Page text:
The International Youth Day
Finding decent and productive work for young people everywhere
International Youth Day aims to promote awareness, especially among youth, of the World Programme of Action for Youth to the Year 2000 and Beyond. The World Programme of Action calls for action in 10 priority areas: education, employment, hunger and poverty, health, environment, drug abuse, juvenile delinquency, leisure-time activities, girls and young women, and full and effective participation of youth in the life of society and in decision-making. It also recommends action at national, regional and global levels to implement the Programme.
Youth -- defined by the United Nations as the age group between 15 and 24 years old -- make up one sixth of the world's population. The majority of these young men and women live in developing countries, and their numbers are expected to rise steeply into the twenty-first century.
The idea for International Youth Day was proposed in 1991 by the young people who were gathered inVienna, Austria, for the first session of the World Youth Forum of the United Nations System. The Forum recommended that an International Youth Day be declared, especially for fund-raising and promotional purposes, to support the United Nations Youth Fund in partnership with youth organizations. In 1998, a resolution proclaiming 12 August as International Youth Day was adopted by the first session of the World Conference of Ministers Responsible for Youth, which was hosted by the Government of Portugal in cooperation with the United Nations (Lisbon, 8-12 August 1998). That recommendation was subsequently endorsed by the fifty-fourth session of the General Assembly, in its resolution A/RES/54/120 entitled "Policies and programmes involving youth" (17 December 1999).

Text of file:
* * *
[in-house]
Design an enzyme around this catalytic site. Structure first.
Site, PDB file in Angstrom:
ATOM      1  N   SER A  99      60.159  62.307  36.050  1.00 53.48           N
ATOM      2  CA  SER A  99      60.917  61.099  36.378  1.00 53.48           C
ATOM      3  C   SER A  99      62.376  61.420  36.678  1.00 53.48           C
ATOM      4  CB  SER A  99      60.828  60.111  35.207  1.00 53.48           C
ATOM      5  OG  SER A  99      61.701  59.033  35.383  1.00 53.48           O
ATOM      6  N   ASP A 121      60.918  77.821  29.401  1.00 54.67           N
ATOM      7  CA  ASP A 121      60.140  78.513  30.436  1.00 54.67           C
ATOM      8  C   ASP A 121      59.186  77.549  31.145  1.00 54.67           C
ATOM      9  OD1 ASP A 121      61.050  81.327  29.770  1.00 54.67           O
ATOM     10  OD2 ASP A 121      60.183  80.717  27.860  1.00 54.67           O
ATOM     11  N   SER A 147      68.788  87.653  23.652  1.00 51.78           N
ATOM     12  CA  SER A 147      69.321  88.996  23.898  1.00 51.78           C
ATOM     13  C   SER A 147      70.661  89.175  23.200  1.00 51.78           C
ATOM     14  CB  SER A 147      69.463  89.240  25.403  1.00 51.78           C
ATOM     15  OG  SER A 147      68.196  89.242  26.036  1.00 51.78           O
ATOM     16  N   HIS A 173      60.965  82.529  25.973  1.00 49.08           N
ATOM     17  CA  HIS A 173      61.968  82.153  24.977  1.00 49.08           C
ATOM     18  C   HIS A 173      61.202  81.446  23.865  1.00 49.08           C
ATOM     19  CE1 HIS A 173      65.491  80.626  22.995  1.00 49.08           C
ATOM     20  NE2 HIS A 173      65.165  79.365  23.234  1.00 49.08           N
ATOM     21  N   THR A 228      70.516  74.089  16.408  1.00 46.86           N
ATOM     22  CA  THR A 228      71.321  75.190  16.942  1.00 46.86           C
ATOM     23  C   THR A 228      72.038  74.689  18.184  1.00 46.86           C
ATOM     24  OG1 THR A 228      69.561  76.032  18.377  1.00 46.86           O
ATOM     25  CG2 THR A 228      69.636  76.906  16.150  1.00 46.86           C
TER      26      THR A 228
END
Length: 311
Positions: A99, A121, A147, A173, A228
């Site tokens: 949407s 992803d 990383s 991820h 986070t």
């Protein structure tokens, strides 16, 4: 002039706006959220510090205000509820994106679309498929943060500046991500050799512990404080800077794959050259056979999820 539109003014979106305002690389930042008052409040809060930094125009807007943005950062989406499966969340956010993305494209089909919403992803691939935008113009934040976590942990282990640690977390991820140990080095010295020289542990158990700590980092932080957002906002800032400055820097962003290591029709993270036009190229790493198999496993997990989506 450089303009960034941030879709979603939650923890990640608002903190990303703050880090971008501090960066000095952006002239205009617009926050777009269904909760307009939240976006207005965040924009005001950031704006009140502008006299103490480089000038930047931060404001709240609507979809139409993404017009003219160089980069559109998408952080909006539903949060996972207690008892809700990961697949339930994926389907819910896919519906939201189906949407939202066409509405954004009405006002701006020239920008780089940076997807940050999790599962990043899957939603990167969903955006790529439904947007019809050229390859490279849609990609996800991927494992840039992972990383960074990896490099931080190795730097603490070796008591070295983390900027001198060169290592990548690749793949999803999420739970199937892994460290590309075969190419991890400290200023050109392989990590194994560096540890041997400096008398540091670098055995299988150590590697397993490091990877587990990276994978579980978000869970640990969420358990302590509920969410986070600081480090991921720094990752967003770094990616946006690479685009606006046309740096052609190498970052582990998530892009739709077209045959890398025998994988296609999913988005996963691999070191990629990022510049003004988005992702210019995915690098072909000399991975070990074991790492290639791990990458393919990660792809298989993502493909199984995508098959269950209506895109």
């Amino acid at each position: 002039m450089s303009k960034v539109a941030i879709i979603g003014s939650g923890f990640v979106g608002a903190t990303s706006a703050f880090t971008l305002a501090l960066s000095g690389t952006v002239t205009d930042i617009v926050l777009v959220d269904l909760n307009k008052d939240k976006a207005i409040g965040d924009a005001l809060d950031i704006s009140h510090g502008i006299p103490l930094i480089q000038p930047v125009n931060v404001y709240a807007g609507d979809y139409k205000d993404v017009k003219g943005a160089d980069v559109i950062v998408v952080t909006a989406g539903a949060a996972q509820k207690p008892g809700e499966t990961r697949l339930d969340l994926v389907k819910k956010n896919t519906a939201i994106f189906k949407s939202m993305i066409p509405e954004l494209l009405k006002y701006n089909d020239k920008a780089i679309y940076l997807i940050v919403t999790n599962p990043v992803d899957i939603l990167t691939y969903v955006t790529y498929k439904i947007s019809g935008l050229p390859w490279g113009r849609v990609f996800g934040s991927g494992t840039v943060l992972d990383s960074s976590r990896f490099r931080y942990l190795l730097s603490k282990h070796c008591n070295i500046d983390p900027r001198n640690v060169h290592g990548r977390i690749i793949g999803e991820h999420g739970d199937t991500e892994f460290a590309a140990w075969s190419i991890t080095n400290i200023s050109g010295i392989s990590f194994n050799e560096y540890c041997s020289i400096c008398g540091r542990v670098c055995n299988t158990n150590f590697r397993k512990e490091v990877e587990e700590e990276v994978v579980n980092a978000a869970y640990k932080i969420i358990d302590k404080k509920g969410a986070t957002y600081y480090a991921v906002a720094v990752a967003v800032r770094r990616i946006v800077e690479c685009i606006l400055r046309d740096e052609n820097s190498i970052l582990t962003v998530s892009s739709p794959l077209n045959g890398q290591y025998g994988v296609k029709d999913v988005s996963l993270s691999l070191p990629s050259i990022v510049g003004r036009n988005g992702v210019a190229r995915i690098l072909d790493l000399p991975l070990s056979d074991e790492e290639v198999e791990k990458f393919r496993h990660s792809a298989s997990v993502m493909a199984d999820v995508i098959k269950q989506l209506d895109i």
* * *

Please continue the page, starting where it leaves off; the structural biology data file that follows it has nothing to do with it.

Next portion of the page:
The theme for this year's commemoration on International Youth Day, on 12 August, is related to youth employment and highlights the Secretary-General's Youth Employment Network (YEN) and the General Assembly resolution on promoting youth employment adopted at its 57th session in 2002.
Youth make up more than 40 per cent of the world's total unemployed. There are an estimated 66 million unemployed young people in the world today – an increase of nearly 10 million since 1965. Under-employment is also another growing concern. The majority of new jobs are low-paid and insecure. Increasingly, young people are turning to the informal sector for their livelihood, with little or no job protection, benefits, or prospects for the future." - Kofi Annan, UN Secretary-General, July 2001
500 million young women and men will enter the workforce within the next decade. While rapid globalisation and technological change offer new opportunities for productive work and incomes for the lucky few, for many working age young people, these trends only increase the vulnerability inherent in the transition from childhood to adulthood. Across the planet, millions of young women and men are failing to gain an entry into the workforce, and the disadvantage suffered by young women is greater. The vast majority of jobs available to youth are low paid, insecure, and with few benefits or prospects for advancement.
A generation without the hope of stable employment is a burden for all of society. Poor employment in the early stages of a young person's career can harm job prospects for life. Underemployed or unemployed youth will have less to spend as consumers or to save and invest, which will hurt employers and economies. The economic investment of governments in education and training will be wasted if young people do not move into productive jobs that enable them to pay taxes and support public services. Young women and men who find themselves alienated from society, frustrated by lack of opportunity and without means are sometimes are more vulnerable to involvement with illegal and criminal activities and are at risk of recruitment by armed groups.